[US](con. WWI) T. Fredenburgh Soldiers March 194: It’s these hat-racks in harness that worry me. Look at ’em; every nose in the mud and sagging at the knees [HDAS].
[US]‘Bill O. Lading’ You Chirped a Chinful!! n.p.: Hatrack: A horse.
[US] in DARE.

2. the head.

[US]A.J. Barr Let Tomorrow Come 27: Don’t go haywire, Joe. Use your hatrack.
[US]Berrey & Van den Bark Amer. Thes. of Sl. 121.56: Head [...] hat peg or rack [DARE].
[US]L. Hairston ‘The Winds of Change’ in Clarke Harlem, USA (1971) 317: You slick-headed ditty-bop, if you spent half as much time tryin’ to put something inside that worthless hat-rack as you did havin’ your brains fried—.
[US] in DARE.
hat time (n.) [note prison farm jargon hat time, the moment when the captain takes off his hat and waves it to signal the end of the chain gang’s working day]

(US black) the end of a day’s work, thus used as synon. for goodbye.

[US]C. Shafer ‘Catheads [...] and Cho-Cho Sticks’ in Abernethy Bounty of Texas (1990) 206: hat time, n. – quitting time in the field; when the captain takes off his hat and waves it.
[US]J. Maryland ‘Shoe-shine on 63rd’ in Kochman Rappin’ and Stylin’ Out 214: The players all started heading for the door, stating, ‘Peace,’ ‘Later,’ ‘Hat time,’ ‘I’m in the wind,’ etc.
hat-tree (n.)

(S.Afr. gang) one who is wearing any form of headgear.

[SA]B. Setuke ‘Dumani’ in Mutloatse Forced Landing 66: Most of the ladies who travel by train have had their wigs, turbans, chiffons and other types of head-gear snatched. They [hooligans/tsotsies] call passengers who wear head-gear ‘hat-trees’.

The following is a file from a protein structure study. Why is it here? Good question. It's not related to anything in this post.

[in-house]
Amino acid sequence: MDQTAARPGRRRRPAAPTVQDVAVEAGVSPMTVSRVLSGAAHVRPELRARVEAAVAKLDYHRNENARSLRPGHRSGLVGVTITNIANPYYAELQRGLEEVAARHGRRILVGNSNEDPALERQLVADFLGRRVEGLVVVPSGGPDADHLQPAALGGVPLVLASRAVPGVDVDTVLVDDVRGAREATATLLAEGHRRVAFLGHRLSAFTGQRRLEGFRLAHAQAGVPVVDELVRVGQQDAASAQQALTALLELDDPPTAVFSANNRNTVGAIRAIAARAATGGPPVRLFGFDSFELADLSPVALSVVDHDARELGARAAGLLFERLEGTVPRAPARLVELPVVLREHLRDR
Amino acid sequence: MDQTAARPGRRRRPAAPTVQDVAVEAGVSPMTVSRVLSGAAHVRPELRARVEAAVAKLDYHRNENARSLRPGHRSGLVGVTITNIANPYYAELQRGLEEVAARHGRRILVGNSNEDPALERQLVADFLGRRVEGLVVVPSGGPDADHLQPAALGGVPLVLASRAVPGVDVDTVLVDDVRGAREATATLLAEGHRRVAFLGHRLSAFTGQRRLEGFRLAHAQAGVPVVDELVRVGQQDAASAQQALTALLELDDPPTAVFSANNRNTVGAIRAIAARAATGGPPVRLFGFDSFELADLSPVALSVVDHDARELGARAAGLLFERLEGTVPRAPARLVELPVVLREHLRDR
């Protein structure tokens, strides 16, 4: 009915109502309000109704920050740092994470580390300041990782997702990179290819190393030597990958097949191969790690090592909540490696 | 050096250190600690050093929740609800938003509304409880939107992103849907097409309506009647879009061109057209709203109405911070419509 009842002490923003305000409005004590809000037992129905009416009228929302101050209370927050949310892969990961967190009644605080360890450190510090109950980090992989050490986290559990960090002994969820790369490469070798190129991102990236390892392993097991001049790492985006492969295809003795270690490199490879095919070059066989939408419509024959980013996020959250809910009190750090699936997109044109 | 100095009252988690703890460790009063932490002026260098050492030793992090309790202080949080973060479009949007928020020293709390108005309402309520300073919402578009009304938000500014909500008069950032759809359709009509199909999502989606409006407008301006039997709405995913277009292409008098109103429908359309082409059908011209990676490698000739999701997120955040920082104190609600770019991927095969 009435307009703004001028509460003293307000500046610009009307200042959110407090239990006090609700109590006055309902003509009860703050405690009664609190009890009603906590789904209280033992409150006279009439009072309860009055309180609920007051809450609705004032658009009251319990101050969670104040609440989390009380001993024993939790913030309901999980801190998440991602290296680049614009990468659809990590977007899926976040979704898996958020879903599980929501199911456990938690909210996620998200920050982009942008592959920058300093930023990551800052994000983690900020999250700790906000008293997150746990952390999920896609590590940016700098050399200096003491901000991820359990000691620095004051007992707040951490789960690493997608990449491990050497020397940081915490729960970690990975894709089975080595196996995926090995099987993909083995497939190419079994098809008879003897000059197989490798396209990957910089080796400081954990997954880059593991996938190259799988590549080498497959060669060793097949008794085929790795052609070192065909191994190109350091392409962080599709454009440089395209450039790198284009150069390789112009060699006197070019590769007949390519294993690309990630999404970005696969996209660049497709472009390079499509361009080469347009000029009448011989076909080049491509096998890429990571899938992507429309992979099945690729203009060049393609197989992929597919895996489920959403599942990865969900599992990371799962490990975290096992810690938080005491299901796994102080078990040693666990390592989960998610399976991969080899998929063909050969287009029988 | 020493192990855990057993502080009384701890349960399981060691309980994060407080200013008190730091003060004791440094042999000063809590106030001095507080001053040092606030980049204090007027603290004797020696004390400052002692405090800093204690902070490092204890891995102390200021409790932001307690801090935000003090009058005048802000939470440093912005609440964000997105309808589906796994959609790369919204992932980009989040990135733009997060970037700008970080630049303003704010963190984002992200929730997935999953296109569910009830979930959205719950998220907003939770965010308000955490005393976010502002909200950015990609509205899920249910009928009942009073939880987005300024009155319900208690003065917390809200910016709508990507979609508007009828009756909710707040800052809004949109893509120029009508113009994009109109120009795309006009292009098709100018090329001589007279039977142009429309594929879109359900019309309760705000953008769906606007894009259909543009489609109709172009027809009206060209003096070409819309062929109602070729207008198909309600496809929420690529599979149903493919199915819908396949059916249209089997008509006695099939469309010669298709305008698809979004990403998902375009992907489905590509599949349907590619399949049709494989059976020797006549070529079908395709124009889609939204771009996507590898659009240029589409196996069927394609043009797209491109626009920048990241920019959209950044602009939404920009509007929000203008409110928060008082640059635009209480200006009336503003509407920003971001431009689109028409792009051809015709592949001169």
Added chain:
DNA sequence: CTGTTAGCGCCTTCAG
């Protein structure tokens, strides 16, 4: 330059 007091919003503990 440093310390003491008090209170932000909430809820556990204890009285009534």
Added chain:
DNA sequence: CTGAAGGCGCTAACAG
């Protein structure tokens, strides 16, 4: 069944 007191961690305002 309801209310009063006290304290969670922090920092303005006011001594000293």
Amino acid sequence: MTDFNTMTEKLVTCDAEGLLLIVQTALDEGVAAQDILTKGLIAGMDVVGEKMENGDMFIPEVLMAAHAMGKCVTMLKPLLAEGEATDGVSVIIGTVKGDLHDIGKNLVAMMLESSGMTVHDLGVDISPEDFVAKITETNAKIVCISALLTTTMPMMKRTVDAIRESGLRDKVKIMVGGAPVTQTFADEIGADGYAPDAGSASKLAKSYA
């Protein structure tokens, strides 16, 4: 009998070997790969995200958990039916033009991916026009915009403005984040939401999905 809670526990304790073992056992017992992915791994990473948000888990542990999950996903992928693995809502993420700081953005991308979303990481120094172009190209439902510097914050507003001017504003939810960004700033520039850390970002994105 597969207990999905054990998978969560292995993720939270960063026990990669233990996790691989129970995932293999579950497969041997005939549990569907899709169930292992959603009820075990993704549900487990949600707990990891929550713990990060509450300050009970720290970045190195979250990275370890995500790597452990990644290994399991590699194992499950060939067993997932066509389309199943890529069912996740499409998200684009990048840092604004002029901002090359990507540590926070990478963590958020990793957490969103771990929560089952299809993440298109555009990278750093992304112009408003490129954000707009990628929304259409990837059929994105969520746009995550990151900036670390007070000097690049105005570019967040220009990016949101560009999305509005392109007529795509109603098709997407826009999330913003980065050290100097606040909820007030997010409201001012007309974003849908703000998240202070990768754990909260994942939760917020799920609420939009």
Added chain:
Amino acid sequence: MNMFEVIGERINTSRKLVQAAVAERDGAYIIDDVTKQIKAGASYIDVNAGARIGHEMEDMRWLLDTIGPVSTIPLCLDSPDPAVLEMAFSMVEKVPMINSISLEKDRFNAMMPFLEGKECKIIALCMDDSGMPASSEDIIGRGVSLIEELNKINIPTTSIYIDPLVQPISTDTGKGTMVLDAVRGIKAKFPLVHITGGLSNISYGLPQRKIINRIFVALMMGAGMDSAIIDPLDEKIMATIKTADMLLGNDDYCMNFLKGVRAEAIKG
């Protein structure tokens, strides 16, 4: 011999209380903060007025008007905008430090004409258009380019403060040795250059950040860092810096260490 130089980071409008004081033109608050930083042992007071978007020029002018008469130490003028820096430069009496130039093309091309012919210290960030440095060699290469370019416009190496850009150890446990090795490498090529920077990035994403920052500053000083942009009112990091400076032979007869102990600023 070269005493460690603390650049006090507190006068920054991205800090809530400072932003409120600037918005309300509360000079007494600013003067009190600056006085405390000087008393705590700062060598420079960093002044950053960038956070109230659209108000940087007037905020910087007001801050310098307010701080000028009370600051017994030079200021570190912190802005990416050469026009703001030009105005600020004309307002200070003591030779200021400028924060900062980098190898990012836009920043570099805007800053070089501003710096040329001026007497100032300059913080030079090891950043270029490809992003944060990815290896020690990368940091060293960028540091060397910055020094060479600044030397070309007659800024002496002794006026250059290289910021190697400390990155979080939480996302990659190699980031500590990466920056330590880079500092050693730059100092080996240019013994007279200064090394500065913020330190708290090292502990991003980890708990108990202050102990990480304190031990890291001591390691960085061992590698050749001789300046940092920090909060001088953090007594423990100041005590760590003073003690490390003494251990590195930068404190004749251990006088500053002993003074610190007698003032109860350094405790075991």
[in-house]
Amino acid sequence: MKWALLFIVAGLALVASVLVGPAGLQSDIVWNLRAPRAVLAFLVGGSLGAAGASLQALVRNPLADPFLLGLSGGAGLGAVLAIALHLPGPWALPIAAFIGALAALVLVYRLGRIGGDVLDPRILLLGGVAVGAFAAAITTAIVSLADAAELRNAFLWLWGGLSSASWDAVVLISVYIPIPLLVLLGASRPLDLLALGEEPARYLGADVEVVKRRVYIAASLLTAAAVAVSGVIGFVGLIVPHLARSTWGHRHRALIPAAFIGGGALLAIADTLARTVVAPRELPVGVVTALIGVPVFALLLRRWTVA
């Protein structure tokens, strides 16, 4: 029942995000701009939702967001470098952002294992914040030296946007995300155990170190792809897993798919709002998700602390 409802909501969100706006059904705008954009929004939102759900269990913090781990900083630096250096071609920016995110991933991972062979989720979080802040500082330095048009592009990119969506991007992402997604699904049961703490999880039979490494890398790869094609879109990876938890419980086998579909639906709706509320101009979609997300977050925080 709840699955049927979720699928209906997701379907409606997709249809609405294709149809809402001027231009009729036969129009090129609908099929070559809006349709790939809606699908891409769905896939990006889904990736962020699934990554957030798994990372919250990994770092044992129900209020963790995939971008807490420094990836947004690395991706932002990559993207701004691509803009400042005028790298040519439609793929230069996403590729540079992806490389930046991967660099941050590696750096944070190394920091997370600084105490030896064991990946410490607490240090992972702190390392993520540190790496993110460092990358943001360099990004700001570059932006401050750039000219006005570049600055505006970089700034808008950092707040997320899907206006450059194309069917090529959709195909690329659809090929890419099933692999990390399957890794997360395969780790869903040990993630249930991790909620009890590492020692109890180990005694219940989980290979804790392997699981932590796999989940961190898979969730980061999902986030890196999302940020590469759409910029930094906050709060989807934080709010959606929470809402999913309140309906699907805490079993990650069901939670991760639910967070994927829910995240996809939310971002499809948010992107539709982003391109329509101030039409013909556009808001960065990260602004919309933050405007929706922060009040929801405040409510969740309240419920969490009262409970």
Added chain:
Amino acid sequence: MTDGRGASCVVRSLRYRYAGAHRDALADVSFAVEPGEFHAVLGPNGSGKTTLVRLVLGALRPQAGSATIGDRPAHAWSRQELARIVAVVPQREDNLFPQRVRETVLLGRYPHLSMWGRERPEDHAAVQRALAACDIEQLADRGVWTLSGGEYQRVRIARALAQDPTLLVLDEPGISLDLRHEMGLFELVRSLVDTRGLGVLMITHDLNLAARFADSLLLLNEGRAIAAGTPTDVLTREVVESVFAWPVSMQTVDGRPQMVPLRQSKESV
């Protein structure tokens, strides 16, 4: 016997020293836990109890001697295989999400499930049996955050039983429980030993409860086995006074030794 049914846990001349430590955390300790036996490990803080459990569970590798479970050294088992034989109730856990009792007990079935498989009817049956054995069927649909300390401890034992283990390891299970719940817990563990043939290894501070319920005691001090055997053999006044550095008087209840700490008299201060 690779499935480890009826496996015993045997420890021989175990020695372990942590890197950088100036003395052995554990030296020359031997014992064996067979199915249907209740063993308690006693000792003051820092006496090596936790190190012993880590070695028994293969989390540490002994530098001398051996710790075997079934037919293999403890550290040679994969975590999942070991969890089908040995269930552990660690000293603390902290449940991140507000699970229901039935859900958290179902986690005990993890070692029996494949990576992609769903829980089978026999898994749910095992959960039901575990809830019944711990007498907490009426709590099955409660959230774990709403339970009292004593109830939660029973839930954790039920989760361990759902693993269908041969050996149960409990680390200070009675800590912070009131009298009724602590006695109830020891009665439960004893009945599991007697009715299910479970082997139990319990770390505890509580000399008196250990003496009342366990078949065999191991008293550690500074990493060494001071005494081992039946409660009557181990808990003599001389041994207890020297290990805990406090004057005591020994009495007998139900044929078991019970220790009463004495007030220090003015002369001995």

In phrases

get one’s hat (v.) (also check one’s hat, make one’s hat)

1. (US black) to leave, esp. to leave quickly.

[US]Current Sl. I:2 2/1: Check hat, v. Prepare to leave.
[US]S. Greenlee Spook who Sat by the Door (1972) 31: I ain’t on junk and I can always get my hat and make it to Baltimore, dig.
[US]J. Webb Fields of Fire (1980) 111: It’s too late. They gotta make their hat most ricky-tick.
[US](con. c.1970) G. Hasford Phantom Blooper 18: I stand by to make my hat most ricky-tick.

2. (US prison, also be given one’s hat) to be released.

[US] ‘Kitty Barrett’ in D. Wepman et al. Life (1976) 53: I hope this toast helps you when they give you your hat.
hat (up) (v.) [one puts on one’s hat]

(US black) to leave, to exit.

[US]Current Sl. V:2 8: Hat, v. To leave.
[US]L. Heinemann Close Quarters (1987) 137: Let’s hat up, hey. Let’s get the fuck outa here.